“Sex has been dragged through the mud so thoroughly that most people can’t even comprehend that it is intended to be something holy.”

      3) The numerous and drastically different perspectives between men and women of, and about, sexuality and each other’s physicality (though understandable) simply do not lend themselves to healthy, vibrant, ongoing sexual intimacy. Don’t ask me why God made us that way, but it’s very real, and very debilitating to intimacy. Check any Christian marriage blog (http://intimacyinmarriage.com or http://hotholyhumorous.blogspot.com) dealing with sex, and you’ll quickly see what I mean.

      4) How do we, as the Body of Christ, *practically* (and both in the church and home) illustrate and herald the beauty of sexual intimacy when it’s obviously a very private thing that we are to safeguard–not expose? It’s very much a catch-22 situation. We want to herald the beauty of biblical sexuality, but can’t because of the limits we have to be careful to safeguard.

      Reply
    2. "I tip my hat to you brother" on

      Wow John, powerful, just a powerful article!

      I agree with you on everything you stated. I wish I could comment on each of them, but just briefly, you are correct about kids knowing far more than some give them credit. Also, what a tremendous statement about finding dad’s porn stash, yes sir, that’s how I started, but now it’s at the click of a button. I kinda am glad all I had was the playboy magazines and the occasional X-rated movie that was light stuff compared to now. We’re talking 30 “plus” years ago, now anyone can look up the most vile sadistic things and feed their minds for hours in total secret, scary.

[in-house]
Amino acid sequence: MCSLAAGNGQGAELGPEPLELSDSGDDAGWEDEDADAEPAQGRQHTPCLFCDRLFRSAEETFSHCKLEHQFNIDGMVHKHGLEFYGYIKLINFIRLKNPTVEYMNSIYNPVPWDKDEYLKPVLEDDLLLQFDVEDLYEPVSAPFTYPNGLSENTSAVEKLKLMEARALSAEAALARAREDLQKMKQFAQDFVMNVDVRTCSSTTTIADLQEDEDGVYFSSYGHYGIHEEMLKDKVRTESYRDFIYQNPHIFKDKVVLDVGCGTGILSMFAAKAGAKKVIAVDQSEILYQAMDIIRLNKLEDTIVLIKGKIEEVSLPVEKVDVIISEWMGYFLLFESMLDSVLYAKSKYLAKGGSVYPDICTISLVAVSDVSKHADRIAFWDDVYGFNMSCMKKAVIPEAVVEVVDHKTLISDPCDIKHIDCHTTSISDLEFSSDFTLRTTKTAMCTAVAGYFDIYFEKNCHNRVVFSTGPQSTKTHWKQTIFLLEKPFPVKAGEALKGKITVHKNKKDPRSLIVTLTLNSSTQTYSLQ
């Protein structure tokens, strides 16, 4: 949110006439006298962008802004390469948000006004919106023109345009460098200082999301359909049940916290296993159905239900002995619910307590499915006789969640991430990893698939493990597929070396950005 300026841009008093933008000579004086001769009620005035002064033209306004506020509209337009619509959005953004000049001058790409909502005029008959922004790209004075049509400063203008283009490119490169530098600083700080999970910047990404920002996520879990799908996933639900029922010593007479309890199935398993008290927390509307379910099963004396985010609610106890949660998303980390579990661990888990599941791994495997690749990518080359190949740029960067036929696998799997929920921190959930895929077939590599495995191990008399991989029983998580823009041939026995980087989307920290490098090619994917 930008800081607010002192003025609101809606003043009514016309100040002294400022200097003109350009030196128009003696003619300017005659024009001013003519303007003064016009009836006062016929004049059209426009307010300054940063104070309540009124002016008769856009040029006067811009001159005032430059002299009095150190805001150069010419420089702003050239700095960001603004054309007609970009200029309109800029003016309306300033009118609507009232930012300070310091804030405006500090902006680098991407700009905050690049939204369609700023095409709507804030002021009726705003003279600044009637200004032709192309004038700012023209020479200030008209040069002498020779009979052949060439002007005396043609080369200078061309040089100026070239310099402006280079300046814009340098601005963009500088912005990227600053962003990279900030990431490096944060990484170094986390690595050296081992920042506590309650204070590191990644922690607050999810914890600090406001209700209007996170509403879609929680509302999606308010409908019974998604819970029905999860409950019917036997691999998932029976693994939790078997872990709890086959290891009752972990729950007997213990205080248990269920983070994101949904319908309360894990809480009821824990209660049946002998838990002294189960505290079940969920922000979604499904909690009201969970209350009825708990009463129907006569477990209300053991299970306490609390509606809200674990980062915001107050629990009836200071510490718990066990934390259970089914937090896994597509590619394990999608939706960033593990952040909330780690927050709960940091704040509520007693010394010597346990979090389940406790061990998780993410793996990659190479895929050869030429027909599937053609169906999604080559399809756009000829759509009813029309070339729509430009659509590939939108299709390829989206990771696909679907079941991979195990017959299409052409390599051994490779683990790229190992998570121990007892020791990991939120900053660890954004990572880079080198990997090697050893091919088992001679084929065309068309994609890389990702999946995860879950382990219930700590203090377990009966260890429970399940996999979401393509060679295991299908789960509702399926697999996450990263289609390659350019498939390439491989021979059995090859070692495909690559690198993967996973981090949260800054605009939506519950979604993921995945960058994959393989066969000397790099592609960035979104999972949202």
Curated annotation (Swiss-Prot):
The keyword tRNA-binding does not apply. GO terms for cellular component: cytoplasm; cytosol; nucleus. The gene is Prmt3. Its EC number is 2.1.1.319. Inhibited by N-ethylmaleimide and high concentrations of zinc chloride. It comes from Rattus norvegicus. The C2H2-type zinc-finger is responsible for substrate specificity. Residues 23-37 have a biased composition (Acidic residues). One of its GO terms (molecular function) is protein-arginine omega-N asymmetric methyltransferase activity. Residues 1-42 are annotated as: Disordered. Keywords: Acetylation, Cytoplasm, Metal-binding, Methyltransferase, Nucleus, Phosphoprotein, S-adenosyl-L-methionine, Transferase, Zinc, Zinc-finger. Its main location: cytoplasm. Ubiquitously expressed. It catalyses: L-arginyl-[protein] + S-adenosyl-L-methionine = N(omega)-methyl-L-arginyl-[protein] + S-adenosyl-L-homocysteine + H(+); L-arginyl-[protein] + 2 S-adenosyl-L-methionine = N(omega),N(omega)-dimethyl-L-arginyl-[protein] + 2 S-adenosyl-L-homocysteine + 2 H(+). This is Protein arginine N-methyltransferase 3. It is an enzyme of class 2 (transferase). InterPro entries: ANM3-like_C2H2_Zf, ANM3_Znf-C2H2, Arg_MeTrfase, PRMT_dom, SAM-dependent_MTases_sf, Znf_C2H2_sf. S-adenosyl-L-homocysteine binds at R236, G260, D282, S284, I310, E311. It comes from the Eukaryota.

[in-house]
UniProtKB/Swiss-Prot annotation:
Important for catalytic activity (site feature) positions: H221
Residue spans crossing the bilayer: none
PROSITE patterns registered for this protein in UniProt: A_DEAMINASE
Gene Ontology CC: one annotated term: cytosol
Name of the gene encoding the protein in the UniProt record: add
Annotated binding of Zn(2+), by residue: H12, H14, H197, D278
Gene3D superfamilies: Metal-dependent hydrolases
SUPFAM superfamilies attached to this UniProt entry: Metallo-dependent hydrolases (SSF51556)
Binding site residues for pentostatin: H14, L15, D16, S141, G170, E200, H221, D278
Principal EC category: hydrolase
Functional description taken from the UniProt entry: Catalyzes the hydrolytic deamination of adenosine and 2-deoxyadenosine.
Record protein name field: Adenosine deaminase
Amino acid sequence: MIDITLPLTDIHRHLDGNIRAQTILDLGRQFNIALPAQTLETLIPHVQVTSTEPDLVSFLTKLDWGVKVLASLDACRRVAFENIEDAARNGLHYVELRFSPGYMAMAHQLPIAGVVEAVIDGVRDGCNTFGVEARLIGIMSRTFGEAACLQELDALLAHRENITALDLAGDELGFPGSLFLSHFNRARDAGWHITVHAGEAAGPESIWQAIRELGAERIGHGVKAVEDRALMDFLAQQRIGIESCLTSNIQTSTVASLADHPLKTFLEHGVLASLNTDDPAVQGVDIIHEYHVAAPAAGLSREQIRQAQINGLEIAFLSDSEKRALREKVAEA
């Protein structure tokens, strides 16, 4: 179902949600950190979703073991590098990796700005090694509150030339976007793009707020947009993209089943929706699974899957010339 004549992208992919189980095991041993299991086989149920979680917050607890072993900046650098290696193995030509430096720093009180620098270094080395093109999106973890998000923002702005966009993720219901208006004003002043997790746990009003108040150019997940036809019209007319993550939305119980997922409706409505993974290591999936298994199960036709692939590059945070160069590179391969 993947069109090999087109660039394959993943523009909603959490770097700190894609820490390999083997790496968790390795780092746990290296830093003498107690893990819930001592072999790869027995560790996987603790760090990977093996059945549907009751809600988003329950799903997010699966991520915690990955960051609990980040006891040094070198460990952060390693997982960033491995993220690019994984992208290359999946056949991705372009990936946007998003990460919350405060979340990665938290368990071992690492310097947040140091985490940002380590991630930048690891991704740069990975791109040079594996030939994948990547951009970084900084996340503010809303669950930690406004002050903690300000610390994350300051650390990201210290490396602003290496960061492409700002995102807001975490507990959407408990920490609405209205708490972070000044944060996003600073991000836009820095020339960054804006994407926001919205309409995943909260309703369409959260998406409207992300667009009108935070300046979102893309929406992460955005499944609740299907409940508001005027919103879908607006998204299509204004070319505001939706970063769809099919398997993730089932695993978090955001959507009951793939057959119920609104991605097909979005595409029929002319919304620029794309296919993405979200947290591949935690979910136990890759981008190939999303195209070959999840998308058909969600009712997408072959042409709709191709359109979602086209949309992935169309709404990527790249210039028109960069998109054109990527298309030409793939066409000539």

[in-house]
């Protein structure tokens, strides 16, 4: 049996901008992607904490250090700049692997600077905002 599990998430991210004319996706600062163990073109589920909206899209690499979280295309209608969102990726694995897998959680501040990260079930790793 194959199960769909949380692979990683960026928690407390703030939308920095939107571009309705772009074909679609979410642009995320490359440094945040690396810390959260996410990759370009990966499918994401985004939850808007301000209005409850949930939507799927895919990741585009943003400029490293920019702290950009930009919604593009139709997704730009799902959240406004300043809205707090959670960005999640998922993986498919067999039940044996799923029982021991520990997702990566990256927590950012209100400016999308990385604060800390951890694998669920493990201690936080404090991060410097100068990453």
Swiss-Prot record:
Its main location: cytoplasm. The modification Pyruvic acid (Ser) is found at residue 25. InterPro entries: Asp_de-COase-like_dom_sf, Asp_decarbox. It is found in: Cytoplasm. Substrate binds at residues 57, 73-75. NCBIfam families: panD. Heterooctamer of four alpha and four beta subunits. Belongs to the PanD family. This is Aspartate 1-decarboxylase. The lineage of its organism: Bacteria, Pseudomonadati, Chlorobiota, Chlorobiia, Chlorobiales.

I also like the comment about “country club or hospital”, amen brother! I could not agree with you more, absolutely true. I really believe people would be shocked to see what fellow members are struggling with. It is so easy to look okay on the outside but have sewage inside. I am so happy you chose to step down and deal with the problem, I am so proud of you. It takes a tremendous amount of courage to do that, I tip my hat to you brother.

      I am going to look into your material and please keep up the great work!

      Reply
    3. Bev Sterk on

      thanks for confessing if you had been a better man, you would have dealt with it earlier… this fear of career suicide is effectively silencing the pastors/leaders from addressing this publicly because so many of them are struggling or addicted, this silence is at the expense of the growing number of women and children that are now getting hooked on it… I pray they would be the better man… and trust God because they did the right thing!

      Reply